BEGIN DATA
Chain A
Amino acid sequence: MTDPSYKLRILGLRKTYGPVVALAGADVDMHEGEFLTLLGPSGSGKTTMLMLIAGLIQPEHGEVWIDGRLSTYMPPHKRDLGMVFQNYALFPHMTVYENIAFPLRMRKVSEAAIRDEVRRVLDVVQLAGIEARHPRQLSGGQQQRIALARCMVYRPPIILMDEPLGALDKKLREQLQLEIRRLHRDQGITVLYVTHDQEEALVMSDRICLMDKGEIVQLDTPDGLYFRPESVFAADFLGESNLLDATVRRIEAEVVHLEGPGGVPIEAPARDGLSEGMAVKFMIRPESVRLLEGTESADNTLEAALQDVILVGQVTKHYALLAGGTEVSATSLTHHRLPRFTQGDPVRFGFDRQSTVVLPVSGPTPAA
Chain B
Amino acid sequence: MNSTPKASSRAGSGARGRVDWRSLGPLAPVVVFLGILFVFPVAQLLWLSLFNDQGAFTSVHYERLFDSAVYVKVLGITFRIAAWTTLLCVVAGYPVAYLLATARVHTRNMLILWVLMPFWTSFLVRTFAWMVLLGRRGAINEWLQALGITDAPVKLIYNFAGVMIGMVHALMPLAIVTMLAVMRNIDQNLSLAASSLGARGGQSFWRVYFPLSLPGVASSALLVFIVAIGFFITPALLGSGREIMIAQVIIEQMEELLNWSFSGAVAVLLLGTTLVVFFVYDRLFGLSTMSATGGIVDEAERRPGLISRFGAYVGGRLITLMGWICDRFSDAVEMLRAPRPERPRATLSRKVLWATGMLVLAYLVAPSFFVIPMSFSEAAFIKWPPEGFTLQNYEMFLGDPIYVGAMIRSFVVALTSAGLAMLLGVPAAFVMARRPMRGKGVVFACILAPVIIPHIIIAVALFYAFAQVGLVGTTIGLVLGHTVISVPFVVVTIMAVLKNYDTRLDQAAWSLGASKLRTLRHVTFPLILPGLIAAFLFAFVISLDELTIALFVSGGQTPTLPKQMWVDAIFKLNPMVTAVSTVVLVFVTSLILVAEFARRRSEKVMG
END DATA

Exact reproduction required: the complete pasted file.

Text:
Chain A
Amino acid sequence: MTDPSYKLRILGLRKTYGPVVALAGADVDMHEGEFLTLLGPSGSGKTTMLMLIAGLIQPEHGEVWIDGRLSTYMPPHKRDLGMVFQNYALFPHMTVYENIAFPLRMRKVSEAAIRDEVRRVLDVVQLAGIEARHPRQLSGGQQQRIALARCMVYRPPIILMDEPLGALDKKLREQLQLEIRRLHRDQGITVLYVTHDQEEALVMSDRICLMDKGEIVQLDTPDGLYFRPESVFAADFLGESNLLDATVRRIEAEVVHLEGPGGVPIEAPARDGLSEGMAVKFMIRPESVRLLEGTESADNTLEAALQDVILVGQVTKHYALLAGGTEVSATSLTHHRLPRFTQGDPVRFGFDRQSTVVLPVSGPTPAA
Chain B
Amino acid sequence: MNSTPKASSRAGSGARGRVDWRSLGPLAPVVVFLGILFVFPVAQLLWLSLFNDQGAFTSVHYERLFDSAVYVKVLGITFRIAAWTTLLCVVAGYPVAYLLATARVHTRNMLILWVLMPFWTSFLVRTFAWMVLLGRRGAINEWLQALGITDAPVKLIYNFAGVMIGMVHALMPLAIVTMLAVMRNIDQNLSLAASSLGARGGQSFWRVYFPLSLPGVASSALLVFIVAIGFFITPALLGSGREIMIAQVIIEQMEELLNWSFSGAVAVLLLGTTLVVFFVYDRLFGLSTMSATGGIVDEAERRPGLISRFGAYVGGRLITLMGWICDRFSDAVEMLRAPRPERPRATLSRKVLWATGMLVLAYLVAPSFFVIPMSFSEAAFIKWPPEGFTLQNYEMFLGDPIYVGAMIRSFVVALTSAGLAMLLGVPAAFVMARRPMRGKGVVFACILAPVIIPHIIIAVALFYAFAQVGLVGTTIGLVLGHTVISVPFVVVTIMAVLKNYDTRLDQAAWSLGASKLRTLRHVTFPLILPGLIAAFLFAFVISLDELTIALFVSGGQTPTLPKQMWVDAIFKLNPMVTAVSTVVLVFVTSLILVAEFARRRSEKVMG